They have been to court almost every month over the past 3 or 4 years, and yest the mother still doesn't stick to the agreement. She goes to court and cries and node her head, and agrees, then the moment she leaves the co6rt she stops crying and says to my brother that she won't be letting him seenhis son.
Also, what happens if the mother decides to get married to her new partner? Does my brother still have rights then?
Expert:  ukfamilysolicitor replied 1 year ago.
Hello
I am surprised that the court hasnt already seen through the mothers act.
From what you have said it seems clear that her actions don't match what she is saying to the court.
The only recourse is to return to court if she is continually not complying. The courts patience with the mother will have to wear thin with the mother after such extensive litigation.
Your brothers parental responsibility will not be affected if the mother was to remarry.
Please do not hesitate to ask if I can assist further.
Kind regards
Caroline
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Customer: replied 1 year ago.
The problem is he can't afford to keep going to court. He's already used his entire savings so far. He is able to back to court once more but after that he won't be able to afford it which will make the mother tell the son that his dad doesn't care about him. We don't understand why she is doing this. She used to be so nice. All my brother wants is a relationship with his little boy. He's been reading up on the human right's act, and the children's act. Both say he is entitled to see his son. Can he use this in court?
Expert:  ukfamilysolicitor replied 1 year ago.
Hello
The Application to the Court is a Children Act case and the Human Rights Act will be at the forefront of the courts mind.
If your brother isn't keen at representing himself then there are various options to get represtation cheaper.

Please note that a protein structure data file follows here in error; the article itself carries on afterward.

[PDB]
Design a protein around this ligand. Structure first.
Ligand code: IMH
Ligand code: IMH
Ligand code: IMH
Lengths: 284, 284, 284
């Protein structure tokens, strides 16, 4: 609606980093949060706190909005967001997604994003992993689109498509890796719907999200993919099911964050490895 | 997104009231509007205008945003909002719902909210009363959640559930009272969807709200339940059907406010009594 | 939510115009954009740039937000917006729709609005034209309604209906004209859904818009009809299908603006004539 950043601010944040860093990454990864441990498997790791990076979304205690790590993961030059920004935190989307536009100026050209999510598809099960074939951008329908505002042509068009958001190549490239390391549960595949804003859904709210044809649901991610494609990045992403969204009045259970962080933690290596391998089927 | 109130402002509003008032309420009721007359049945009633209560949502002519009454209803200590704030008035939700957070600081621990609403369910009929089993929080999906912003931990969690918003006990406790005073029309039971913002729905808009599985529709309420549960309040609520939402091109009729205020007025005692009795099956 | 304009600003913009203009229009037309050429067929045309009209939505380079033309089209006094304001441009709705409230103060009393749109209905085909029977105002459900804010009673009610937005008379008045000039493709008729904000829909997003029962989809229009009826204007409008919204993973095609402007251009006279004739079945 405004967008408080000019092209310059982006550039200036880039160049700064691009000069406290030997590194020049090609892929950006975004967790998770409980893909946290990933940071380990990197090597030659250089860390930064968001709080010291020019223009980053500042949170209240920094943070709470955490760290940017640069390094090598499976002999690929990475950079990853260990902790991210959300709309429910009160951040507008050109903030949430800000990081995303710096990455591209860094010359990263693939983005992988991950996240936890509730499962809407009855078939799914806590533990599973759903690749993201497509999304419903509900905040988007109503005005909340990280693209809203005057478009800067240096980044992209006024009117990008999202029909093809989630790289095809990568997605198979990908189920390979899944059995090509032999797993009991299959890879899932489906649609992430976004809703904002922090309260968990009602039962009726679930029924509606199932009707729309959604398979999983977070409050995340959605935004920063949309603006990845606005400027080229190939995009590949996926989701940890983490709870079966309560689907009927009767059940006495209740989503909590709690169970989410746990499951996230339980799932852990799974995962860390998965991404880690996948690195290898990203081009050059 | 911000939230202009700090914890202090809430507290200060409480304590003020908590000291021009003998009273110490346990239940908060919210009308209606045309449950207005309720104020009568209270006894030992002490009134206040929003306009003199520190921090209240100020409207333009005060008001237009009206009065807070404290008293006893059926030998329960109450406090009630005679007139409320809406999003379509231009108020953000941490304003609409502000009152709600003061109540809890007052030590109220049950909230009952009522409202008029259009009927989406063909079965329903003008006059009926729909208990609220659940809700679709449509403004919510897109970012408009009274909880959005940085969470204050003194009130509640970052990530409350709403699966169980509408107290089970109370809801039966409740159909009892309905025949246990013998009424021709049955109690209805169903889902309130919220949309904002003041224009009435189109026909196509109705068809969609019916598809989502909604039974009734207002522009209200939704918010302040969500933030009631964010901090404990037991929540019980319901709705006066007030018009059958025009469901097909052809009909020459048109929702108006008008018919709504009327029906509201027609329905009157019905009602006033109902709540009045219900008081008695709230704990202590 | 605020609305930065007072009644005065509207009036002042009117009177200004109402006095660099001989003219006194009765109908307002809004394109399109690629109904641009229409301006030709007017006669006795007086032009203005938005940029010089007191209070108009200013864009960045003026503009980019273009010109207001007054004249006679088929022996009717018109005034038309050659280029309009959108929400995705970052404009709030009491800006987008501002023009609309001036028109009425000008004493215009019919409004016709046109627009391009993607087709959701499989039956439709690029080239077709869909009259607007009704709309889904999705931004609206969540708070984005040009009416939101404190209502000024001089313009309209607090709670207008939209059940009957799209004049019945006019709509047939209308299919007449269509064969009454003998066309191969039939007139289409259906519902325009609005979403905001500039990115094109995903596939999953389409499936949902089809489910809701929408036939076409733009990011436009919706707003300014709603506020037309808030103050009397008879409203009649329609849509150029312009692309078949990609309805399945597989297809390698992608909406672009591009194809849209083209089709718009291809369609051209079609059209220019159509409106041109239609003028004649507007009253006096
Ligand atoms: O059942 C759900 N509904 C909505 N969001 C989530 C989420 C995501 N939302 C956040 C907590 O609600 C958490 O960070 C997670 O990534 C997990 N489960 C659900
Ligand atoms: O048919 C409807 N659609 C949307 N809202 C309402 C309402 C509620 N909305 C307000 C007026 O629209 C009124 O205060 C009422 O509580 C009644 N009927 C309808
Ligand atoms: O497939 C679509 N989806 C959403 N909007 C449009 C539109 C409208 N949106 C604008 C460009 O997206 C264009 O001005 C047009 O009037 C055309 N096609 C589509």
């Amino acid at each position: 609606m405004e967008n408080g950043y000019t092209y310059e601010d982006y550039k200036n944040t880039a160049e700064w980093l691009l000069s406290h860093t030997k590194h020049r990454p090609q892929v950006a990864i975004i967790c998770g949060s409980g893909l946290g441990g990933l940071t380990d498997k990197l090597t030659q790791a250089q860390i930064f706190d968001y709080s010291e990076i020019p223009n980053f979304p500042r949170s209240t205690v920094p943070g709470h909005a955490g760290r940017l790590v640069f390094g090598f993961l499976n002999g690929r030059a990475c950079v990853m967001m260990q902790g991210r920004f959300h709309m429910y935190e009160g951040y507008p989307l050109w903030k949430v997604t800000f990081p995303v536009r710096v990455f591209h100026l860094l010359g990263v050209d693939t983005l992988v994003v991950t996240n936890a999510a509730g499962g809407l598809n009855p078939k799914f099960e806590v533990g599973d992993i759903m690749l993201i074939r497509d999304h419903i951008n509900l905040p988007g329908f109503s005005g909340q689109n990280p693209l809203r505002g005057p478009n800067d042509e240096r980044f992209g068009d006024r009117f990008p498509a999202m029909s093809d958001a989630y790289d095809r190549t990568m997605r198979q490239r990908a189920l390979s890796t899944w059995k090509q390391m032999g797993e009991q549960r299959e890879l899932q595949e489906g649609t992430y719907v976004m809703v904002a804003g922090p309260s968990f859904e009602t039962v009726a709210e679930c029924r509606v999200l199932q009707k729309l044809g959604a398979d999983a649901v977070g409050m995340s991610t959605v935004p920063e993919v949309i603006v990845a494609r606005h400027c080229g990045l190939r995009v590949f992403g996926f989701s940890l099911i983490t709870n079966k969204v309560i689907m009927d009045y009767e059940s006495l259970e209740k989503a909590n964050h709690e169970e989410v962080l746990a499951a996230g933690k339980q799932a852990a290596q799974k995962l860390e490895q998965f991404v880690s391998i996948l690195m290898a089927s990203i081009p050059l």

Your brother could consider instructing a direct access barrister. This cuts out the middle man (the Solicitor) which saves a lot in fees - have a look at this link:
https://www.absolutebarrister.com/?gclid=COTLh8_qwsoCFRW3GwodqlYFWw
Your brother could also consider asking a friend to help him prepare his case and go to court with him. This is known as a McKenzie friend. Whilst they cannot speak to the Judge directly they can support your brother.
Kind Regards
Caroline
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Customer: replied 1 year ago.
My brother has just told me that he has to pay his ex's court fees as he's the one takung her to court. Surely this can't be right?
Expert:  ukfamilysolicitor replied 1 year ago.
Hello
The rules in respect of costs in family proceedings of this type - are that 'each party bears their own costs'.
It is very unusual in Family proceedings that costs orders are made. The reasoning behind this is that courts do not wish to discourage an application of this type.
Costs orders will only be made his exceptional circumstances whereby the court considers that one party has acted so unreasonably in making the application to the court.
If the mother asks for your brother to pay her costs then he should not agree to do this. In fact he should be the one that asks the court to make a costs order against her for having to return matters to court again to again seek enforcement of a court order that she should be complying with. Whilst it is no guarantee that the court will make an order for costs in the fathers favour - given the general rule that each party bears their own costs - I would still say that it is worth trying to be argued in the circumstances you have described.
Kind Regards
Caroline